Monday, 30th October 2017

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Devi powers change for equality

Gender-neutral pushpanjali

By Sudeshna Banerjee in Calcutta
  • Published 21.09.19, 4:21 AM
  • Updated 21.09.19, 4:21 AM
  • 2 mins read
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A poster for the Santanan Dehi campaign

This Ashtami when you pray to the goddess, pause before you mechanically repeat after the priest “putran dehi dhanang dehi sarban kamangscha dehi me” (Grant me son, grant me wealth, fulfil all my wishes) and think: are you really seeking a son? Or would you be equally happy with a daughter?

The Telegraph, which has spearheaded the True Spirit Puja movement that has contributed to making Durga Puja in Calcutta and Howrah a safer, happier and more meaningful event than it was when the award started in 2003, has now launched a campaign that seeks to make the pushpanjali mantra gender-neutral, by urging people to say santanan dehi instead. To register support for the change, one can log on to askfor.org and click a button or give a missed call to 7835911177.

Though the methodology of conducting Durga puja is enshrined in Devipuran, Brihannandikeshwarpuran and Kalikapuran, of which any one or the tantric way can be followed, the mantras for the goddess’s stuti (praise) and stawb (prayer) can be a combination of multiple sources. The putran dehi chant comes from Devipuran, pointed out Jayanta Kushari, the principal of Sarva Bharatiya Prachya Vidya Academy, who also holds workshops for priests.

Moumita Das, a doctor who took classes in Durga puja rituals from Kushari to start conducting puja at home with her brother, said she chants putran dehi taking the term to mean a child. “I am no authority to make the change myself but I hope pundits give the matter some thought,” Das said, after registering her support on the website on Friday.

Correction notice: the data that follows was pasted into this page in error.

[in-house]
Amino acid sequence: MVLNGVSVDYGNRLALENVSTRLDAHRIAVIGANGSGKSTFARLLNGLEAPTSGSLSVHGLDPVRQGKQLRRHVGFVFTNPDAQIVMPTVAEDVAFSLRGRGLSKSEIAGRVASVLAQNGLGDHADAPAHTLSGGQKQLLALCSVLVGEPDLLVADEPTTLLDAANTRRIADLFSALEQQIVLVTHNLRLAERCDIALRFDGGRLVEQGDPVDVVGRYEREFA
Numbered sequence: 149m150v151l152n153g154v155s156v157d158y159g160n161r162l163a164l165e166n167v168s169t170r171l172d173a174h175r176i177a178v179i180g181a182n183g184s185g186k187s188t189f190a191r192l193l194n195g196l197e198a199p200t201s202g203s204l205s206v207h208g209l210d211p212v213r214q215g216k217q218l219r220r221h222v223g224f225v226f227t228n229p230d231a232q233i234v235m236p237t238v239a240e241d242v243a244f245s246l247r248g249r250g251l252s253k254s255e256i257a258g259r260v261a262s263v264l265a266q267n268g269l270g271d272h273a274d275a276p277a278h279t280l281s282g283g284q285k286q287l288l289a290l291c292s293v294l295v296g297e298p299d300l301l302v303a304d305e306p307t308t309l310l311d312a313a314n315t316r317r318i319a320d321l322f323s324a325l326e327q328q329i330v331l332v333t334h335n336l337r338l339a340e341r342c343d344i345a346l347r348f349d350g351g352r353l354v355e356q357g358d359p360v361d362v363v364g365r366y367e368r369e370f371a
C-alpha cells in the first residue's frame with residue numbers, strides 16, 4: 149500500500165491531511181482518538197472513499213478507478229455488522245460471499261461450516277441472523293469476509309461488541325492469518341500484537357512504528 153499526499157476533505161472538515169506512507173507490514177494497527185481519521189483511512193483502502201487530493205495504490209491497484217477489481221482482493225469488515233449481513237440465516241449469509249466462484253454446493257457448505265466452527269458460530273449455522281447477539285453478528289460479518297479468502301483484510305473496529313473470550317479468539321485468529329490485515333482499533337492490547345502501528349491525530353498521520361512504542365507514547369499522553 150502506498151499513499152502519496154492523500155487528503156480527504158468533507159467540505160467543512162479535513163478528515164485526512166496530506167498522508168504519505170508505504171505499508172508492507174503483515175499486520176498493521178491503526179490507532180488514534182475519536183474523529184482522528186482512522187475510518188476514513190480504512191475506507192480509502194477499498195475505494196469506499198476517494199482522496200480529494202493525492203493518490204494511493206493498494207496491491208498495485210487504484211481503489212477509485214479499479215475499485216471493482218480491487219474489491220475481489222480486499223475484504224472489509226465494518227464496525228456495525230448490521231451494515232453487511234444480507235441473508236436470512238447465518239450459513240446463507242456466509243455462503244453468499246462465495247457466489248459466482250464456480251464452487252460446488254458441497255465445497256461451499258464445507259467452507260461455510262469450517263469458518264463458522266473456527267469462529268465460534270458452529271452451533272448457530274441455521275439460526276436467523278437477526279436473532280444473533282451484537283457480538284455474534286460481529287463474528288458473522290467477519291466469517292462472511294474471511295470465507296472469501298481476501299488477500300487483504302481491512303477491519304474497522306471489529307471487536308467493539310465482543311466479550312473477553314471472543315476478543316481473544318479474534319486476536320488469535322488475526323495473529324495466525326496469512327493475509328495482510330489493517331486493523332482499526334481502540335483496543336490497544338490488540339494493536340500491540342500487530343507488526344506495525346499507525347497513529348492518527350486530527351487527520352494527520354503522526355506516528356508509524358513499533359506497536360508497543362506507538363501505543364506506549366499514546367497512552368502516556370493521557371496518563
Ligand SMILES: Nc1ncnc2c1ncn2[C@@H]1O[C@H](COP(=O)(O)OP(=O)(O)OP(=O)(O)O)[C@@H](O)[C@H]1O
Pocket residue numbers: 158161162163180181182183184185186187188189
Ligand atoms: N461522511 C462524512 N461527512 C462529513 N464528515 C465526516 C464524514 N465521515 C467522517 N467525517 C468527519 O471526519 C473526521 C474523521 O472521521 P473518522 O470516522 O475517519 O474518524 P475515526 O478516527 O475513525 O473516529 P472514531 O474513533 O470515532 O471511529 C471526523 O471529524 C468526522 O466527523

To priests like Kushari who are wary of effecting changes in what they deem as rishibakya (words of saints), social historian Jawhar Sircar offers a counterpoint. Welcoming the initiative, he pointed out that like the Ramayana and the Mahabharata, each of the 18 Mahapuranas underwent interpolations and modifications over 300 to 500 years to keep up with the times.

“The strength of Hinduism is in its flexibility. The Mahapuranas came into being between the second century and the 11th century. The older ones were dedicated to male gods like Vishnu, Vayu and Agni. It is only in Bhagabatpuran, composed between the ninth and the 14th centuries, that women were given a role. Before that, the only reference to women was in Markandeyapurana, that too in the appendix called Devimahatmya, added around the sixth or the seventh century. The other texts relevant to the mother goddess, Kalikapuran and Devipuran, come much later among the 18 Upapuranas.”

“Better late than never,” said Sarottama Majumdar, who teaches in a south Calcutta college. “The Puranic texts were written in patriarchal times. Now that women are conducting puja, doing mukhagni (last rites) of parents and giving away daughters in marriage, all of which were male preserves, we need to rethink the words we utter in rituals too.”

A total of 125 pujas have already come on board, putting up banners to raise awareness about the proposed change. More are planning to join. Among them is the Ramlal Bazar Youth Association puja conducted by women since 2001. “When girls and boys are equal why should we pray only for sons? I will propose the change to our committee,” said Gargee Samaddar, the secretary of the puja.